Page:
“These two are your companions for the journey?” the question seemed a bit odd but I let it go.
“Yes, for the duration, we three are a Company.”
“You mean, you four. I think the elemental likes your friend. I can share information with all of you.”
Albrecht’s mind came into the link and I perceived it as a cold, reptilian intelligence, all anger, all hunger, patient and cunning. Manny was the opposite, a bright, hot and eager mind, absorbing information, analysing everything around it; these two were polar opposites in a way that was frightening. It was only the geas holding Albrecht back from ripping Manny apart. And it was only Manny’s love for me, keeping him from emptying a shotgun filled with specialized rounds whose contents included holy water, silver nitrate and sharpened silver splinters into Albrecht and tearing him into vampire salsa. Even if the rounds didn’t kill him directly, it would make him vulnerable enough for Manny’s silver edged sword to dice him into manageable pieces.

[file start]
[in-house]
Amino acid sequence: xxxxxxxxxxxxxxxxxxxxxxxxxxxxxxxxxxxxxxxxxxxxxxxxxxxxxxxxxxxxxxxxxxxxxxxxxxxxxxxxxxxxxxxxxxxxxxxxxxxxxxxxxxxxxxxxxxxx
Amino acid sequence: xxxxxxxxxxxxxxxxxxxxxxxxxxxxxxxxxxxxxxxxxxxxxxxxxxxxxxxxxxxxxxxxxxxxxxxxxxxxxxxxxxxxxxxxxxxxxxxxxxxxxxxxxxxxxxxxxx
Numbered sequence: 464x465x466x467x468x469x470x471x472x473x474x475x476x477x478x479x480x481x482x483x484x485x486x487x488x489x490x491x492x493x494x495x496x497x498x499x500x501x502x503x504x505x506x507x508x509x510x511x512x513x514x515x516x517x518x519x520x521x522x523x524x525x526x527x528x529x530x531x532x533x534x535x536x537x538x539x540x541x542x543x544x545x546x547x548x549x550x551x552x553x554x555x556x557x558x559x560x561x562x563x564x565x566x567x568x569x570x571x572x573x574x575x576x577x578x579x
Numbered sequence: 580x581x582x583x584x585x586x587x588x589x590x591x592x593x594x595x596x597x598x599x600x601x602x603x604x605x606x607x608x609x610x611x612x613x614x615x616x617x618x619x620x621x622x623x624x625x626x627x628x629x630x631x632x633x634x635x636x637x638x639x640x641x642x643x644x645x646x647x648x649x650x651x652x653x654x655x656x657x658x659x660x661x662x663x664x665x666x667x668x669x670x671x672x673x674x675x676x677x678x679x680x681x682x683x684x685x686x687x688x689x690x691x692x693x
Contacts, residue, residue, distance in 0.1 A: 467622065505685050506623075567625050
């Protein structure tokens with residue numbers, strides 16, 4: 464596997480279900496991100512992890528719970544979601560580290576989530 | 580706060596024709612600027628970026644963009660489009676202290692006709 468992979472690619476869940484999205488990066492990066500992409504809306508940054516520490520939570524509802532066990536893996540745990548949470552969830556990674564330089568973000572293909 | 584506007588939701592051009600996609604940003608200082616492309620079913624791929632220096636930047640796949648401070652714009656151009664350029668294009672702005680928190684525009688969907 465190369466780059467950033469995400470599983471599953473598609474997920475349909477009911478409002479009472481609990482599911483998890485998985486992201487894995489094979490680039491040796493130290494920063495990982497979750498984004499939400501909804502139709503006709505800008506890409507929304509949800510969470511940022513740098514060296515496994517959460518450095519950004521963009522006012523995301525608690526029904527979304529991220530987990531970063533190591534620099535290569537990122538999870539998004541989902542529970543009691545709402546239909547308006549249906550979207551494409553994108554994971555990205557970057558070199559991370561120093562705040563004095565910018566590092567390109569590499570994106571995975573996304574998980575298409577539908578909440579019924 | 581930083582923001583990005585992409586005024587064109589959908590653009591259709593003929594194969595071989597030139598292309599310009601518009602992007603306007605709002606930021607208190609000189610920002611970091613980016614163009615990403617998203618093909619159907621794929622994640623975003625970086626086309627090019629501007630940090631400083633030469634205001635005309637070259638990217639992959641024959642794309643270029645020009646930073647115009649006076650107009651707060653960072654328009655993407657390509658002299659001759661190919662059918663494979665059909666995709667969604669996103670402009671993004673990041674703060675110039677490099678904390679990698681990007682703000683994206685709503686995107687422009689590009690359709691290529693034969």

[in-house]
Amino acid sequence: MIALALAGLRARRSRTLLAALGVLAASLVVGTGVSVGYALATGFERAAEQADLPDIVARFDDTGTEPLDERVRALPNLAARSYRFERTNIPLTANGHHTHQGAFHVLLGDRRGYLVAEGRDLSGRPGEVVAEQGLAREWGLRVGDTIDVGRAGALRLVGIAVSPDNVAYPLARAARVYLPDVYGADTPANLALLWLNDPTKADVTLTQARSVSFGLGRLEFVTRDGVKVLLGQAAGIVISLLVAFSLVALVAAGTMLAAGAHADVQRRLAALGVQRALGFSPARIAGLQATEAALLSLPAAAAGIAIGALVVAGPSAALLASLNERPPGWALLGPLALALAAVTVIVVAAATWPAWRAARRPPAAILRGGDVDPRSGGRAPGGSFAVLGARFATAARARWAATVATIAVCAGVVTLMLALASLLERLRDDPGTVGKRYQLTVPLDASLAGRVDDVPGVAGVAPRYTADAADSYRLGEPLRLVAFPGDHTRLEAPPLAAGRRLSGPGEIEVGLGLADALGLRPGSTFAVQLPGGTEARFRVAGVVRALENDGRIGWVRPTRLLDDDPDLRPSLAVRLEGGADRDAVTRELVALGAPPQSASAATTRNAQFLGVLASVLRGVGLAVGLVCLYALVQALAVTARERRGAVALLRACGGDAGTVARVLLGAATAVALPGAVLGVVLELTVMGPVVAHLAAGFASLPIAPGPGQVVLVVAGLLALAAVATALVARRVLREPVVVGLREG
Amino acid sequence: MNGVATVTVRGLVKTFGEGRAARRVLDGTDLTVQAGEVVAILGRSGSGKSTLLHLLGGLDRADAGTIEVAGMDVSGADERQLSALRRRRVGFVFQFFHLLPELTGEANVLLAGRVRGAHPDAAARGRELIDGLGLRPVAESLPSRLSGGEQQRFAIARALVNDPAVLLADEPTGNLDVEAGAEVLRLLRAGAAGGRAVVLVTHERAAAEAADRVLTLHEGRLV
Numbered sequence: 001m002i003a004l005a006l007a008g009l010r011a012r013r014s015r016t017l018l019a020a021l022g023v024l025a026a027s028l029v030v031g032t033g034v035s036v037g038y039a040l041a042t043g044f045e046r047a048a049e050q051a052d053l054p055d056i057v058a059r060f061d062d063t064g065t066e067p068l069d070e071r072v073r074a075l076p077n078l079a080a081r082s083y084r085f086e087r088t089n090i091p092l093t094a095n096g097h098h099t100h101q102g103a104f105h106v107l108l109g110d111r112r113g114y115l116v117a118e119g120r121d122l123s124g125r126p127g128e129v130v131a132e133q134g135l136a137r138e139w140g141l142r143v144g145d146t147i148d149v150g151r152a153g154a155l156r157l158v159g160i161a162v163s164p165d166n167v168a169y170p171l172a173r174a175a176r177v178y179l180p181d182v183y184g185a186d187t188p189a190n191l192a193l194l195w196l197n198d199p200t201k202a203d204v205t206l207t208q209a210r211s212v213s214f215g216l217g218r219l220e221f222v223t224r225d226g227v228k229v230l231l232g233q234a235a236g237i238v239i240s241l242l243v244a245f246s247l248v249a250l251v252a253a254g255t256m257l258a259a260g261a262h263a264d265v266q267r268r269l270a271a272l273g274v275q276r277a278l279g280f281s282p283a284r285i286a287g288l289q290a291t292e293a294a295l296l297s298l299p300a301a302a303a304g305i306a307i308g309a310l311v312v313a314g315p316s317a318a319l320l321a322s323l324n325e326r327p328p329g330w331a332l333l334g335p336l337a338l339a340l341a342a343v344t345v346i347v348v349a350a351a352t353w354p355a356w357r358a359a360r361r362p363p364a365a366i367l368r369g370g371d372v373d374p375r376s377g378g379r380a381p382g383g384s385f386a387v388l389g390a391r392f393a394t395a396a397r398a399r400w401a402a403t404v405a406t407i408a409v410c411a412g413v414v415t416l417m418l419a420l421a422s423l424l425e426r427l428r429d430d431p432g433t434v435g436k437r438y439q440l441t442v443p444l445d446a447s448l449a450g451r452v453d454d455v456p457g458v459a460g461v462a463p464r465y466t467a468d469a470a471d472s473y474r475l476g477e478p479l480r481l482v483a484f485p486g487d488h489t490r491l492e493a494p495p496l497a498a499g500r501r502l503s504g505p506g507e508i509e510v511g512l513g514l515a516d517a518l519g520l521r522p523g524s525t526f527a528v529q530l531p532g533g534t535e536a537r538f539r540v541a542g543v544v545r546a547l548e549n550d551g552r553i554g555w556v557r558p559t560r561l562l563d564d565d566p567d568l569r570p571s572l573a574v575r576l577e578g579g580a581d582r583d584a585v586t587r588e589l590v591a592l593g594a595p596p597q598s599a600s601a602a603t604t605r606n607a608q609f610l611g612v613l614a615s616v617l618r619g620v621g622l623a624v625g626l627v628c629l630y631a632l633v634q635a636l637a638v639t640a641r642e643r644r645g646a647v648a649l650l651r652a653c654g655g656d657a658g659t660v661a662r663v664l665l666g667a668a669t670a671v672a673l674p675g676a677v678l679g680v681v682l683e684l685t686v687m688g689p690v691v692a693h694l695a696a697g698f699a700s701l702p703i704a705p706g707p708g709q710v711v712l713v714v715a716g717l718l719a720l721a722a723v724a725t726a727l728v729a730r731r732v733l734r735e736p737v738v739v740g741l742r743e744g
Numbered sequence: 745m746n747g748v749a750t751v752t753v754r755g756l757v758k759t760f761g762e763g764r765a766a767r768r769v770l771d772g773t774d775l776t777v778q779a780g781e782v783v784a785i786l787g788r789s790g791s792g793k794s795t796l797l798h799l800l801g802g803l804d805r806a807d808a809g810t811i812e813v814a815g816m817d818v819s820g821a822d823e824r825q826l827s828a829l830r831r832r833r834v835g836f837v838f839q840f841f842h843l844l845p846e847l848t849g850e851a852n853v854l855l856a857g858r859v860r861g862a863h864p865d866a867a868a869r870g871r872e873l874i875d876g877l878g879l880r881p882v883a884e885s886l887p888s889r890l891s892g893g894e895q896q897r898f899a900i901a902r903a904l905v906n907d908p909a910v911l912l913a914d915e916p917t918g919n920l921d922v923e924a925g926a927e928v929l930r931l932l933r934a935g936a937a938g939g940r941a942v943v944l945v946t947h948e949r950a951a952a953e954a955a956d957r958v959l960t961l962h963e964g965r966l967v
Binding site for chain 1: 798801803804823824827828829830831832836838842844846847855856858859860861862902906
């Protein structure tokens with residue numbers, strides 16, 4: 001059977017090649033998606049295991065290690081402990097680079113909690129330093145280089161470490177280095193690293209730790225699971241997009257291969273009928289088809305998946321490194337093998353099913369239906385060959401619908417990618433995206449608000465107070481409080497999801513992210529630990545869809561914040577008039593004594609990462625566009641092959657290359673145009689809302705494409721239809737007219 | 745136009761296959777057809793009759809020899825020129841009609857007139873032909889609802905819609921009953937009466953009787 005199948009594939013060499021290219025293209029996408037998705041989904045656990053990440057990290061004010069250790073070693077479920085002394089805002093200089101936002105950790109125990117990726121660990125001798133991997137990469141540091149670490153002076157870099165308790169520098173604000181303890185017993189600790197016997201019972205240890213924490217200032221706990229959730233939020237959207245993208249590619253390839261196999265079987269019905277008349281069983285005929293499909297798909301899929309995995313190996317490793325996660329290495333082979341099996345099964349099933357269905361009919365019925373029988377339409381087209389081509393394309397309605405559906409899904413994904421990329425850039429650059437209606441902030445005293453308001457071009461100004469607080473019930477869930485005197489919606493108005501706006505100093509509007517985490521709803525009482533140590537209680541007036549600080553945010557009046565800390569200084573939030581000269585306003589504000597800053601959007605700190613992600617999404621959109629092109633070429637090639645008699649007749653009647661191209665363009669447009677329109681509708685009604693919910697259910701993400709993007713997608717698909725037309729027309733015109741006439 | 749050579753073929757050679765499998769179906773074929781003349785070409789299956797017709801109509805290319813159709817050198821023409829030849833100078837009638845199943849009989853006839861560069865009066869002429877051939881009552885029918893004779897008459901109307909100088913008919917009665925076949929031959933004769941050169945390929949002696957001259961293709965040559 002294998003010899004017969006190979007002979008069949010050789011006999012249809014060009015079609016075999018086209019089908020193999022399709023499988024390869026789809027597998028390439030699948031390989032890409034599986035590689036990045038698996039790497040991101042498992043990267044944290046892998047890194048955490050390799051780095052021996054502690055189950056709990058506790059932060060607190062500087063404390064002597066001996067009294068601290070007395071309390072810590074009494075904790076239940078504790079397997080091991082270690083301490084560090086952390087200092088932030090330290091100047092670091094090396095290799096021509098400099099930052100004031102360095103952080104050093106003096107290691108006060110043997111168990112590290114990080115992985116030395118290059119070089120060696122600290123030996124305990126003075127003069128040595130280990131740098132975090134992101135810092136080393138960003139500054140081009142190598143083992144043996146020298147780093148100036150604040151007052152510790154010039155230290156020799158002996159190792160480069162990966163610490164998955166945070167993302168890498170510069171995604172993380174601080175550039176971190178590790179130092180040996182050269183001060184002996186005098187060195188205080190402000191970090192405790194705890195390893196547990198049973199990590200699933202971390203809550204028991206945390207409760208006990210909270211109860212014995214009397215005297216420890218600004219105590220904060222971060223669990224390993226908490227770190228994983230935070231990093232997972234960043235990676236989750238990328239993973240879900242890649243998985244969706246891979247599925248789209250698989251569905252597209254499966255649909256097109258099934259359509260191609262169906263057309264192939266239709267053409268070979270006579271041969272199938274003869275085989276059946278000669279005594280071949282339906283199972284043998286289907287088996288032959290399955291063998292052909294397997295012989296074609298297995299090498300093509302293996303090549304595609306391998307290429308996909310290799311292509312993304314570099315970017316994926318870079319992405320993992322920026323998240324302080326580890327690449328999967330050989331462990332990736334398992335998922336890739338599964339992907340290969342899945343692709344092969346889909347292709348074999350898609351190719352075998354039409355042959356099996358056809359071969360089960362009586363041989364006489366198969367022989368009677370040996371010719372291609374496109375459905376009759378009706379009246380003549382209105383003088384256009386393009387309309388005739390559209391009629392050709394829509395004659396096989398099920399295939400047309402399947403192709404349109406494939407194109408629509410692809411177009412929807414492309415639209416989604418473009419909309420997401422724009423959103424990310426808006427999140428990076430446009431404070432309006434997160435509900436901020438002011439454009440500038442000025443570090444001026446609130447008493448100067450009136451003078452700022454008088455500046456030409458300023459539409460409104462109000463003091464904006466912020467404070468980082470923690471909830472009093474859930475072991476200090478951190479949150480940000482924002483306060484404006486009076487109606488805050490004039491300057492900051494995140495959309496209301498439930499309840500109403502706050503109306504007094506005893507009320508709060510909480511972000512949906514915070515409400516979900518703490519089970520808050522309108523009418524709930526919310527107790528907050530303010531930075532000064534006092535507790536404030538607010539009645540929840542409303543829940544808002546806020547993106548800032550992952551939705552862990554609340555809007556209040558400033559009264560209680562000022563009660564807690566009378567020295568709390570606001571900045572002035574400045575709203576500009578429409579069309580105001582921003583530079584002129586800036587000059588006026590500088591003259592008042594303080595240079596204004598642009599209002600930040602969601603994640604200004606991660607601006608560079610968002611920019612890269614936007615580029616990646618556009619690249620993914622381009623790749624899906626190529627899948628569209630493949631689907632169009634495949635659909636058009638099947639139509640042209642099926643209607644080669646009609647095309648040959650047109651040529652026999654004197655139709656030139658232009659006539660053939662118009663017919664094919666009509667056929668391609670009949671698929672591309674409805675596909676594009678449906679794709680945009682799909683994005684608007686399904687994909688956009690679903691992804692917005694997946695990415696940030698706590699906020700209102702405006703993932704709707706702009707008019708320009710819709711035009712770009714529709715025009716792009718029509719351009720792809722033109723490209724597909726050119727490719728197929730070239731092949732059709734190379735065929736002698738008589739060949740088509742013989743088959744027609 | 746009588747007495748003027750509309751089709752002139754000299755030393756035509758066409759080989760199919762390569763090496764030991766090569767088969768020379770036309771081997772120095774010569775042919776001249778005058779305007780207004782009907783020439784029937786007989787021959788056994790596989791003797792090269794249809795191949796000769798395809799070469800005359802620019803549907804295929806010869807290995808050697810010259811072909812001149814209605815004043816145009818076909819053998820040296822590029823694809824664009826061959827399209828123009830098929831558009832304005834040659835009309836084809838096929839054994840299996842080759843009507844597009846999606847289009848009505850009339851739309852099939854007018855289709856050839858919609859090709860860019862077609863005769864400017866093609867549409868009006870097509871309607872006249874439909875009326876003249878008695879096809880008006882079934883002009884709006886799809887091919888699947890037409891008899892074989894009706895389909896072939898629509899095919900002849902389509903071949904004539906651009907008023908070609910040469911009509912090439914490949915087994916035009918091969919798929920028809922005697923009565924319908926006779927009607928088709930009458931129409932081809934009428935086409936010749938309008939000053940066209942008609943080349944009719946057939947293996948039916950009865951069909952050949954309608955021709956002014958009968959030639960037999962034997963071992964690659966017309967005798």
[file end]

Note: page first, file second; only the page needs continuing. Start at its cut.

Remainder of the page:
And as usual, I was stuck somewhere between two extremes, living up to my name again.
As we descended the steps into the train station, the normal awe of Grand Central Station fell back against the mental energies as we approached the Night Train. The closer we got to it, the less the real world seemed to matter to us. I felt as if I was trapped in a surrealists painting with the world melting around me, becoming incoherent and unknowable.
As we approached the train, it continued its explanation from earlier. “I could have communicated telepathically but only with people who have been aboard the train before or know someone who has. Hence the reason you were summoned. To fully explain though, you will need to take a trip with me to understand why it is important for me to get the part back.”
“You can still travel without the part?” I was still trying to grasp the nature of the problem.